by Simon Cummings, 28th November 2019
"...when it comes to sustained interest, no composer during my two-and-a-bit days at HCMF came remotely close to that achieved by Frank Denyer in the world première of his hour-long extravaganza The Fish that became the Sun (Songs of the Dispossessed). Completed a quarter of a century ago, to perform the work took the combined forces of Octandre Ensemble, Consortium5, the New London Chamber Choir, members of the RubyThroat ensemble, and percussion students from Trinity Laban Conservatoire, all jointly conducted by Holly Mathieson and Jon Hargreaves. Huddersfield's Town Hall has seen some impressive, colossal performances at HCMF over the years, but I'm not sure anything has rendered me so speechless, so overwhelmed and so enraptured as this piece. And I have to admit: anything I write about it will be wholly inadequate.
"I can't remember the last time a composition left me feeling so hopeful and so happy."
I was conscious of the fact that there were performers all over the stage, and possibly in the balconies too, but I realised within even the first ten seconds that keeping my eyes open – always a temptation in ambitious, visually unusual works like this – was going to be a complete distraction. So from my vantage point, I had no idea who was doing what, how they were doing it, where they were doing it, or indeed a lot of the time what instrument they were doing it on." (Cont'd right)
Photo: Graham Hardy
Photo: Graham Hardy
(5against4 Cont'd)"None of this mattered; if anything, it only made the experience yet more unfathomably wondrous. The piece seemed to have no clear geographical foundation: we might call it 'ethnically neutral', yet the way Denyer harnessed sound didn't so much suggest no place as all places, a universality that here and there glanced against familiarity within an altogether larger, unfamiliar context. Balancing this were two vitally important factors.
First, The Fish that became the Sun was wonderfully gentle; not always calm, and certainly not always quiet, but conveying an inner momentum that was rooted less in urgency than something in between nonchalance and serenity (but neither of those things). As such, it avoided all signs of ostentation yet never became austere. Second, while I've mentioned its unfathomable aspect, the work eschewed any and all notions of pseudo-spirituality and allusions to quasi-mystical hokum; it was instead grounded, earthy, human, honest, real. It spoke to me, sometimes it sang; I'm still trying to get my head around the meaning and the import of its content, but what I know for sure is that this work somehow made me feel connected, not only to it but to those around me – the players, the audience and the wider world – and made me appreciate in a new way how music can act as a profound force for unity. I can't remember the last time a composition like this left me feeling so hopeful and so happy."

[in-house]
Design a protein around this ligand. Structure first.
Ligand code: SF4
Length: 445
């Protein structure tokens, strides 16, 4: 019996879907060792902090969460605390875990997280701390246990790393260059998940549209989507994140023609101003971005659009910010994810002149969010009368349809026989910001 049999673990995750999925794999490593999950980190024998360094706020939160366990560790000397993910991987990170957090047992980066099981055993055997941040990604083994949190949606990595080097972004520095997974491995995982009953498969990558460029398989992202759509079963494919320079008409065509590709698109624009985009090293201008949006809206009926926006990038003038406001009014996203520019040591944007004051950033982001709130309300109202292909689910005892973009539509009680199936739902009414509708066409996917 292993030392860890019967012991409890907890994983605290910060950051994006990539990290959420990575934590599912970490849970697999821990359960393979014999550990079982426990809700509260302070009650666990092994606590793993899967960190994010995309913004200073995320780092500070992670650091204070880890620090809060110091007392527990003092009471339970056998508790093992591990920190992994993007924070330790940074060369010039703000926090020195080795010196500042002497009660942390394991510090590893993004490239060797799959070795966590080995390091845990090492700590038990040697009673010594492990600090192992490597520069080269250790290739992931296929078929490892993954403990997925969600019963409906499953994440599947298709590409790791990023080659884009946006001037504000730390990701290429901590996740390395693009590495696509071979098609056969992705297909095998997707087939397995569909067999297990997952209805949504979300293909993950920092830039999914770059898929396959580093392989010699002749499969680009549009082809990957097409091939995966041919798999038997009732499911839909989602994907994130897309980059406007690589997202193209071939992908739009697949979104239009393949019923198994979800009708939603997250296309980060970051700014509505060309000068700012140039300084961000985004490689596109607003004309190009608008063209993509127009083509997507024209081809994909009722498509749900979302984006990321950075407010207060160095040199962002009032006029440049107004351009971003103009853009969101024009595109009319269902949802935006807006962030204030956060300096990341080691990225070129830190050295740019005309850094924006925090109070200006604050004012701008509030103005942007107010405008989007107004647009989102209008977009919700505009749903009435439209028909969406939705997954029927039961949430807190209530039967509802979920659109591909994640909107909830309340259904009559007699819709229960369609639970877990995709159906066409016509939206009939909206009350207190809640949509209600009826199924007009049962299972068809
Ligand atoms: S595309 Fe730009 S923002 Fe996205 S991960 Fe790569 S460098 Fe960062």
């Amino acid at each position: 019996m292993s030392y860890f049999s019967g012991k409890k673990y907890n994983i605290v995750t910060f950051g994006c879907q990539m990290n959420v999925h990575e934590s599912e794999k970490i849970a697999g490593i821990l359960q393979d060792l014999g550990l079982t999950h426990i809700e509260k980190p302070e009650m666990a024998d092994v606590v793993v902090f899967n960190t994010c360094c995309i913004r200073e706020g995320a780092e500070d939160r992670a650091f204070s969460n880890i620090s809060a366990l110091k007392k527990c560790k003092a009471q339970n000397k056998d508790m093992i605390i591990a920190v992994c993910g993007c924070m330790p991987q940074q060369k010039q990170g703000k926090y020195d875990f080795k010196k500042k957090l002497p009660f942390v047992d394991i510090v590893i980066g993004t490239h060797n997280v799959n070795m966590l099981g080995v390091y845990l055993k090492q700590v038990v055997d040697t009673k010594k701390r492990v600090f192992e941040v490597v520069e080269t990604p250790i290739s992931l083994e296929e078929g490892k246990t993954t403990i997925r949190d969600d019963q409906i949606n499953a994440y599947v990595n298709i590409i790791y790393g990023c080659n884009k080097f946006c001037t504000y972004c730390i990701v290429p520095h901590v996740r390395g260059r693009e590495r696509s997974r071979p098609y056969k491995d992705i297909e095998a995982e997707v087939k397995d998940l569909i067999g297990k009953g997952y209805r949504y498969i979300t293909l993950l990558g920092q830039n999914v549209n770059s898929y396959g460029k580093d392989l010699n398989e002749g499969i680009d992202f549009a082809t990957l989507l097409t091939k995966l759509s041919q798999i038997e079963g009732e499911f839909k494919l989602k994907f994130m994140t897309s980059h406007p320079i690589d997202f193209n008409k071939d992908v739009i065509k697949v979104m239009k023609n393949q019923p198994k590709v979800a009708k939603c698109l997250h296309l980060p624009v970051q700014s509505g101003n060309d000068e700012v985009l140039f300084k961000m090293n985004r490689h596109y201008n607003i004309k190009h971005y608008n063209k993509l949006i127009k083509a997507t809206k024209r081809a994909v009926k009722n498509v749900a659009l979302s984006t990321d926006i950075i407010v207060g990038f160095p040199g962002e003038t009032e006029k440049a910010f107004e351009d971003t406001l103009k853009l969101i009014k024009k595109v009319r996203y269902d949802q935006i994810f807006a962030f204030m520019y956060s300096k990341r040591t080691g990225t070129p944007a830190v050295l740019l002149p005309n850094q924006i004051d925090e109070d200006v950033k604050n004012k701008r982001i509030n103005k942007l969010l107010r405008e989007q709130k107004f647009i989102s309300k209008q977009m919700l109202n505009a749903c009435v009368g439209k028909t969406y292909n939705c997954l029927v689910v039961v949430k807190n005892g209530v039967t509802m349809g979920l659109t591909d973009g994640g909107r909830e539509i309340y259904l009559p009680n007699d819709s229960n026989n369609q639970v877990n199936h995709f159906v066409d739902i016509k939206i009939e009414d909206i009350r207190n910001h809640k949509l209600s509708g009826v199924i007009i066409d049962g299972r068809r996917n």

'The performance is satisfying to the extent that I can’t imagine the work being carried off with greater clarity or force.'
Ben Harper, CD Review, Cookylamoo.com
John Eyles, Allaboutjazz.com
by Ivan Hewett, 24th November 2019
"Utterly different was The Fish that Became the Sun (Songs of the Dispossessed) by little known seventy-something British composer Frank Denyer. Huddersfield Town Hall was filled with an eye-catching menagerie of instruments; a quartet of wine glasses, medieval shawms, seven percussion groups, a sitar and a cimbalom, double-basses, choirs, and high up by the organ a solo violinist.
For an entrancing hour we heard wistful melodies, ceremonial chants, thundering percussive patterns, and at one point nursery rhymes from two children up in the gallery, all performed with devoted care by the Octandre Ensemble and numerous guest musicians. It was endlessly inventive, and touching in its naivety."
by Richard Morrison, 25th November, 2019
"Rarely have the wild echoes of Huddersfield Town Hall been set flying by such esoteric overtones.
Denyer's hour-long masterpiece doesn't just parade rare instruments. Starting with and frequently returning to the ravishing, multi-stopping cadenzas of a solo violinist (the superb Benjamin Marquise Gilmore) placed high above the stage, it had a gripping flow that was sometimes thunderously aggressive (as when percussionists positioned around the audience simultaneously delivered thumping broadsides), sometimes beguiling and often disturbing — not least when two children sang nursery refrains loaded with menace from the gallery.
I will be searching out the recording (Another Timbre) made by these excellent performers — the Octandre Ensemble directed by Christian Mason and Jon Hargreaves."